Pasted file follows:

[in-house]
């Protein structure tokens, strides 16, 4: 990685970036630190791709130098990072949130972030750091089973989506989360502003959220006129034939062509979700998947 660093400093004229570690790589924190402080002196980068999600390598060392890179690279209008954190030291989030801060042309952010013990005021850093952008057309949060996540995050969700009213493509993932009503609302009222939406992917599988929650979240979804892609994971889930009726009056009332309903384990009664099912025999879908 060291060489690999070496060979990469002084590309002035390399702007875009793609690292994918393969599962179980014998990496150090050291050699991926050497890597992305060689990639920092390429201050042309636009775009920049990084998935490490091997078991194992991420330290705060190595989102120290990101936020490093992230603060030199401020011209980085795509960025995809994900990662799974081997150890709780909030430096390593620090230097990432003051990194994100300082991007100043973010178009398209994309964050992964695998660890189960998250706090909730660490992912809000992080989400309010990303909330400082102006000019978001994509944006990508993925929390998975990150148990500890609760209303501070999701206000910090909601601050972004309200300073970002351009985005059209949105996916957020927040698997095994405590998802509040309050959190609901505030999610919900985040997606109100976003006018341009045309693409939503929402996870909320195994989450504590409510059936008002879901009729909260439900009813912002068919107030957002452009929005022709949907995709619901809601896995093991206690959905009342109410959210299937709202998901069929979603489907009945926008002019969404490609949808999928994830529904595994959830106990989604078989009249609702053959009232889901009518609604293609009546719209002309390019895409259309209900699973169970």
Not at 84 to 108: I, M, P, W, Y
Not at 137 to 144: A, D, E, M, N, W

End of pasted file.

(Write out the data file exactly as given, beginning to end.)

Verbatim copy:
[in-house]
């Protein structure tokens, strides 16, 4: 990685970036630190791709130098990072949130972030750091089973989506989360502003959220006129034939062509979700998947 660093400093004229570690790589924190402080002196980068999600390598060392890179690279209008954190030291989030801060042309952010013990005021850093952008057309949060996540995050969700009213493509993932009503609302009222939406992917599988929650979240979804892609994971889930009726009056009332309903384990009664099912025999879908 060291060489690999070496060979990469002084590309002035390399702007875009793609690292994918393969599962179980014998990496150090050291050699991926050497890597992305060689990639920092390429201050042309636009775009920049990084998935490490091997078991194992991420330290705060190595989102120290990101936020490093992230603060030199401020011209980085795509960025995809994900990662799974081997150890709780909030430096390593620090230097990432003051990194994100300082991007100043973010178009398209994309964050992964695998660890189960998250706090909730660490992912809000992080989400309010990303909330400082102006000019978001994509944006990508993925929390998975990150148990500890609760209303501070999701206000910090909601601050972004309200300073970002351009985005059209949105996916957020927040698997095994405590998802509040309050959190609901505030999610919900985040997606109100976003006018341009045309693409939503929402996870909320195994989450504590409510059936008002879901009729909260439900009813912002068919107030957002452009929005022709949907995709619901809601896995093991206690959905009342109410959210299937709202998901069929979603489907009945926008002019969404490609949808999928994830529904595994959830106990989604078989009249609702053959009232889901009518609604293609009546719209002309390019895409259309209900699973169970």
Not at 84 to 108: I, M, P, W, Y
Not at 137 to 144: A, D, E, M, N, W